November 13, 2018
Election Aſtermath: An LTC Approach

The midterm madness is finally over

See what’s in store for skilled nursing and healthcare at large

Leading up to Tuesday, November 6th, America’s political climate was more divisive than ever. Now that the election results are in, LTC community members are putting their bipartisan beliefs aside to assess the greater state of the skilled nursing industry.

In synopsis, the midterm outcome has Republicans retaining control of the Senate with 51 seats. Over in the House of Representatives, Democrats picked up 31 seats to take the majority, effectively balancing Congress’s two major party powers. Aſter the vote, Cliſton Porter II of the American Health Care Association weighed in: “We’re in a situation where each side is going to keep each other in check, and I think that’s a good thing.”

 

Control over long-term care

For many Americans, the results provide a glimpse of what’s to come in the much-anticipated 2020 election. But those in healthcare are focusing on more specific issues, including Medicaid funding and long-term care workforce deficits, among other universal industry concerns. Beyond the pseudo state of equilibrium in Congress, key governor races helped Democrats acquire 16 spots, while Republicans took 19.

Historically, leſt-leaning reps have strengthened Medicaid spending—despite their support of increased regulation. With the backing of President Trump, right-minded officials have sought to cut ‘handouts,’ but they also embrace a free market model with much less regulation and government intervention. One truth is clear for skilled nursing: bipartisan collaboration is an absolute must when it comes to improving workforce conditions and making quality care access available to patients.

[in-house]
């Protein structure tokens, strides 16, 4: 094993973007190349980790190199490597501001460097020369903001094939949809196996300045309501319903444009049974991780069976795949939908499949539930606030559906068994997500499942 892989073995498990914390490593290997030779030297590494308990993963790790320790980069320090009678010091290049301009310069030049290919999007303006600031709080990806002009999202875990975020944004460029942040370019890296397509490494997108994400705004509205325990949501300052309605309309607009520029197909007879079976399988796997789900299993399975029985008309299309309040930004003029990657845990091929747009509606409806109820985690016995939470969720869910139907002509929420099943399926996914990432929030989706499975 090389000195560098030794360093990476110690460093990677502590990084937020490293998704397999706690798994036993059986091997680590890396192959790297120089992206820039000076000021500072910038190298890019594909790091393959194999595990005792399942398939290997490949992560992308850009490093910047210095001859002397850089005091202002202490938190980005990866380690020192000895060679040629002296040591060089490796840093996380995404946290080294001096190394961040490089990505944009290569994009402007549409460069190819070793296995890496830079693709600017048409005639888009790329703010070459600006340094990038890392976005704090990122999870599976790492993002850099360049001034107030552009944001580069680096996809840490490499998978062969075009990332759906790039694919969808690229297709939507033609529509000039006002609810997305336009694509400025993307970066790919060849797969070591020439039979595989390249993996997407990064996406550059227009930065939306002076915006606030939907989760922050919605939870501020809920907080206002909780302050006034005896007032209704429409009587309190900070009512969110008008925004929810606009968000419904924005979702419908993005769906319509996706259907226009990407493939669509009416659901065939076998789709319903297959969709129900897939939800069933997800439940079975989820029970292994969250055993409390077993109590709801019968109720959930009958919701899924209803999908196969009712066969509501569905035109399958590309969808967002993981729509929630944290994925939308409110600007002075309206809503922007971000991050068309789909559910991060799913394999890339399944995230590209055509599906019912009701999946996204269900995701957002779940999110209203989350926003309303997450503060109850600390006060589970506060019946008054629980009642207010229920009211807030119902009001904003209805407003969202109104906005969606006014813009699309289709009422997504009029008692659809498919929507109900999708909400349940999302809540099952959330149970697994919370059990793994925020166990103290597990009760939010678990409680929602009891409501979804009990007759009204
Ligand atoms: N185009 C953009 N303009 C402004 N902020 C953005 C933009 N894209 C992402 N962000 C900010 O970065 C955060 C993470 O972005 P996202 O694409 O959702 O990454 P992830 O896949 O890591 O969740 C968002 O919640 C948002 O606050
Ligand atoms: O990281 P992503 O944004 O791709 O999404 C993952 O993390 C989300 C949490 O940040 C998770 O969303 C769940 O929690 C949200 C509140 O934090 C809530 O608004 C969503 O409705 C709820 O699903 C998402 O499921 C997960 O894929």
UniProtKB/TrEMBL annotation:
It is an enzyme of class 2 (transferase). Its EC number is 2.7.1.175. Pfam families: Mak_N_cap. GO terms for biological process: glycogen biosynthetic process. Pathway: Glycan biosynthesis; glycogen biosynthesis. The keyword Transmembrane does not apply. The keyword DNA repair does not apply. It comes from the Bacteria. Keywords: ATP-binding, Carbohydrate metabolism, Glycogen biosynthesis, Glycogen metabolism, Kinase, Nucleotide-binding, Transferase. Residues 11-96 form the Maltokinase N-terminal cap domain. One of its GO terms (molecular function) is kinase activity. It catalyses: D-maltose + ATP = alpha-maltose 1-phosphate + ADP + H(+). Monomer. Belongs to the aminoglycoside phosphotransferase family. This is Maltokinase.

On the subject of Medicaid, McKnight’s reporter Marty Stempniak says, “Voters in three states—Idaho, Nebraska and Utah—approved ballot referenda Tuesday to expand the program, though…those dollars will mostly go to younger individuals.” Still, critics are hopeful that states swinging blue “will see stability in reimbursement.”

Ultimately, the 2018 mid-term election results are generally positive for skilled nursing. If facilities are to feel any swiſt changes to their current situations, it would be dependent on the particular state in which they reside. Furthermore, healthcare ambassadors seem eager to work with ‘fresh meat’ across party lines, educating them about the unique needs of the older adult population and their caretakers.

SpecialtyRx encourages partner to consider the greater implications of the vote. Trump and his Democratic detractors have much bigger fish to fry ahead of the next Presidential election, so let this be a reminder that our greatest advocates come from within.